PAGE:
I’m in church. Mass will shortly be starting. I am praying, reciting the familiar words, thanking God for my life and explaining my problems. But something isn’t right. I feel I am praying to nothing, I feel an emptiness. Perhaps I have had a row with my husband or am angry at the latest homophobic outburst from some influential Christian or shocked at the latest violence afflicting the world or perhaps just having a bad day.
When Mass starts, I go through the rituals, reciting the liturgy, singing the hymns, even taking Communion. all the time infected with an emptiness that is almost physical.
I am sure most people of faith regardless of their religion or denomination will, if they are honest, admit to having experienced such emotions, both within and outwith places of worship. Doubt is not something we should be ashamed of or try to hide: it is not sinful, it is merely the reverse side of the coin of faith. The opposite of faith isn’t doubt, it is certainty.
Paul Tillich in “Systematic Theology” describes doubt as “…an element of faith.” Rabbi Eric H Yoffie agrees, writing in the Huffington Post to describe doubt as a “natural, healthy and ongoing part of being comfortable with God and religious observance. It is also inevitable.”
Bob Dylan expresses it graphically in one of his best religious songs, Every Grain of Sand. He writes: “I hear the ancient footsteps like the motion of the sea, Sometimes I turn, there’s someone there, other times it’s only me.”
The song also refers to “the morals of despair”, “the weeds of yesteryear”, “the memory of decay” and “the bitter dance of loneliness”. Yet the song is ultimately one of hope: all these moments of doubt are put into context when he writes “ I can see the master’s hand in every leaf that trembles, in every grain of sand” and later: “Then onward in my journey I come to understand that every hair is numbered like every grain of sand.”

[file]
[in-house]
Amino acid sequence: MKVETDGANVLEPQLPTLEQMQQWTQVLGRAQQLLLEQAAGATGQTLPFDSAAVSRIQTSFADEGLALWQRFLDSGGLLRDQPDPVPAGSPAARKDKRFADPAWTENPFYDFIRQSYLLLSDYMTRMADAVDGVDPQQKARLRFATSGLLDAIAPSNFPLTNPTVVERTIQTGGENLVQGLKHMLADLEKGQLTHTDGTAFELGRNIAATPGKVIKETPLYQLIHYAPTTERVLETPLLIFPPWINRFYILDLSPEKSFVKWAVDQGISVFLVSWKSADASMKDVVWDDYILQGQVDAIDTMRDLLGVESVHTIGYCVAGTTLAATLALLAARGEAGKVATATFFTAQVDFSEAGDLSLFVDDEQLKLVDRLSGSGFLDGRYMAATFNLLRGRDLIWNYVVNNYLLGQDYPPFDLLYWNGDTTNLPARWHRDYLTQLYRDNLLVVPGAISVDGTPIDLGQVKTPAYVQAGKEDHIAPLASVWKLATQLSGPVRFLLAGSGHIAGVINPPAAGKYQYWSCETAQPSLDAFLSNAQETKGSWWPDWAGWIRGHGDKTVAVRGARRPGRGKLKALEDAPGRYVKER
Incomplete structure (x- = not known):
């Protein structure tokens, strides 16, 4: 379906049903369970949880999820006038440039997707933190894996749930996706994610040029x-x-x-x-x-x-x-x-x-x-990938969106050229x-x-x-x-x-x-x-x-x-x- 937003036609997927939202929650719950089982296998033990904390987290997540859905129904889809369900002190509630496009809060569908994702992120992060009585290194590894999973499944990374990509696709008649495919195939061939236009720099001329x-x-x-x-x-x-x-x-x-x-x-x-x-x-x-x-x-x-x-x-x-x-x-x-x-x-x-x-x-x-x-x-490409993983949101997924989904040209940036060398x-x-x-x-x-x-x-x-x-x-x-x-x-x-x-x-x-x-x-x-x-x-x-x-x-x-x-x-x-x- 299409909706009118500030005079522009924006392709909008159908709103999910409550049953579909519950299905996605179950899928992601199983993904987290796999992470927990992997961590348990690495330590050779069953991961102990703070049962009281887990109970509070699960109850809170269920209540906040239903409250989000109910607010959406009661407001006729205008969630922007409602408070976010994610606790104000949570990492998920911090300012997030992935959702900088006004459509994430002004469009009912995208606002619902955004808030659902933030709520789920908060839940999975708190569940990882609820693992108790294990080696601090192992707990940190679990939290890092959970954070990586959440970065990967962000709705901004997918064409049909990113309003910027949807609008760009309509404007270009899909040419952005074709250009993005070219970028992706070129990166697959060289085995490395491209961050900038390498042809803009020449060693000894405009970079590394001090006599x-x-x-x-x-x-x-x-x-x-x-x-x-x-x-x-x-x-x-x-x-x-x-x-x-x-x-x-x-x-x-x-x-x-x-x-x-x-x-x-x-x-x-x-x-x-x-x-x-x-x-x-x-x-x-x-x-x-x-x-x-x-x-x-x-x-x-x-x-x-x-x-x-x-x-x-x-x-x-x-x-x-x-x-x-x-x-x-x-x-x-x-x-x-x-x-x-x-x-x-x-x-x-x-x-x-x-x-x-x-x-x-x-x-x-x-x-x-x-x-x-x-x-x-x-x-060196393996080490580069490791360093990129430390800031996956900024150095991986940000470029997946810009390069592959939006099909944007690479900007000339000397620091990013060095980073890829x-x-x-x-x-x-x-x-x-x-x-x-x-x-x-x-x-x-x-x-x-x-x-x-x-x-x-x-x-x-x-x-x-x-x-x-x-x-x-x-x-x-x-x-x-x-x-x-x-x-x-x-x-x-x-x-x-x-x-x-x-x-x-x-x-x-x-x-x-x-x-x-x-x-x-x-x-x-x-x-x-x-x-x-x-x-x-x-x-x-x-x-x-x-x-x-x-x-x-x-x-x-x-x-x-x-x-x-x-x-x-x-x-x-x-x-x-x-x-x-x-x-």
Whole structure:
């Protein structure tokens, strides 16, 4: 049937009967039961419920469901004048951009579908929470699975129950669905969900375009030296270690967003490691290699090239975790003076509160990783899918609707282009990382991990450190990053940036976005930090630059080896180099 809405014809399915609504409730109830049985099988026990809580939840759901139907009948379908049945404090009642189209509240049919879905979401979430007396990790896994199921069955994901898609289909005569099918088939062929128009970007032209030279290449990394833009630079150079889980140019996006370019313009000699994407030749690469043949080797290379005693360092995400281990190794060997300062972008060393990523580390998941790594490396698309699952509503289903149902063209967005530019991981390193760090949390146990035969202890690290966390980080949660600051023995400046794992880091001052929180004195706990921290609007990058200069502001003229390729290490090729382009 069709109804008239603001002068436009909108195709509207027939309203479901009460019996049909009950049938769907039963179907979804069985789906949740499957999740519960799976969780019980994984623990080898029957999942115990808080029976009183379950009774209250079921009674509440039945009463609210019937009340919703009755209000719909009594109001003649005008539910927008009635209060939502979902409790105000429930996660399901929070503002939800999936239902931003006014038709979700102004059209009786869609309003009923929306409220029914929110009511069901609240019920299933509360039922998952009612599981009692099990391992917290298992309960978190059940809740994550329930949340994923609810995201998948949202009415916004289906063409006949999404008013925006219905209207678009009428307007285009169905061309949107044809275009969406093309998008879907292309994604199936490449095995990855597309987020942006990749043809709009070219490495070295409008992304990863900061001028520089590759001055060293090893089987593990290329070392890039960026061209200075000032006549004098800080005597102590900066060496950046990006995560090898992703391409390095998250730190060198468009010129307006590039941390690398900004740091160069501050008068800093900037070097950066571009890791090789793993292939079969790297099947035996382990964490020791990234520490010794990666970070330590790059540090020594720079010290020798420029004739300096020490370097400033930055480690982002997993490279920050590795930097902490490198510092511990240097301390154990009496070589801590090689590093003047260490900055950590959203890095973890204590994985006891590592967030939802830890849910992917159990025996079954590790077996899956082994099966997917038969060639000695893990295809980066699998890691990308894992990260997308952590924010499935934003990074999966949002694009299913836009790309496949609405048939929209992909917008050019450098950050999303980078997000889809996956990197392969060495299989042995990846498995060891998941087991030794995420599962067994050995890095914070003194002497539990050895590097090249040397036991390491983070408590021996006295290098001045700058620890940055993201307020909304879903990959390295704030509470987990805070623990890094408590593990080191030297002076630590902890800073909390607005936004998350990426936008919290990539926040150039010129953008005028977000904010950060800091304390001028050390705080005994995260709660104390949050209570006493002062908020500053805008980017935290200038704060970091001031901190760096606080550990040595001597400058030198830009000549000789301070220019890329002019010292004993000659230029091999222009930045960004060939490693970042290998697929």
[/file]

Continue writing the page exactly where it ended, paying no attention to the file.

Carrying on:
What all three appear to be saying is that we should accept doubt and avoid beating ourselves up because we sometimes question our faith. So, to take our analogy of the coin, how do we flip the coin so the Faith side is face up?
Even the briefest of internet searches brings up pages of advice on restoring and entrenching our faith, many of them from evangelical and fundamentalist sources. Much of this advice strikes me as at best being useless and at worst having the potential to damage people and their relationships with others. Often two ways of overcoming doubt are proposed: read the word of God and pray.
It is difficult to see how reading passages from scripture can help us if we take the Bible literally, as fundamentalists want us to. What is a scientist to make of the creation stories in Genesis? Or a social worker of Abraham’s willingness to kill his own son on God’s instructions? Or a war crimes tribunal of God telling Joshua to order his men to kill every living thing in the city of Jericho? Or a gay man reading in Leviticus that he should be put to death? Elsewhere I have argued that literalist interpretations of the Bible are problematic. In the context of moving on from doubt, such interpretations can be downright dangerous. For example, low self esteem, self harm and even suicide are serious issues for many LGBT people; taking some Biblical texts at face value can only make things worse.
What about prayer? Of course prayer is crucial part of the lives of people of faith. Even during periods of doubt many of us still pray, even if it is little more than reciting the liturgy. I do not dispute that prayer can help us and can have a role in moving us on from doubt. But what many fundamentalists suggest is that all we need to do is pray. If we still retain doubt, it is our own fault because we haven’t prayed hard enough or, as Joyce Meyer puts it, because we are “lazy” Christians.
There is an assumption here that prayer is a discrete activity separate from the rest of our lives. But as a Christian my whole life should be a prayer. Whenever we use our talents to help others, we are praying and we become closer to God, and in the process our doubts can become irrelevant.
Rabbi Yoffie also has something to say on this. He says that in his experience as a Rabbi what his congregation wanted “…was to help them with the concrete aspects of Jewish experience”. He ends by saying:
“They want a place of worship that embraces them, gives their lives meaning and points them in the direction of the sacred. And beyond that, questions of faith will take care of themselves.”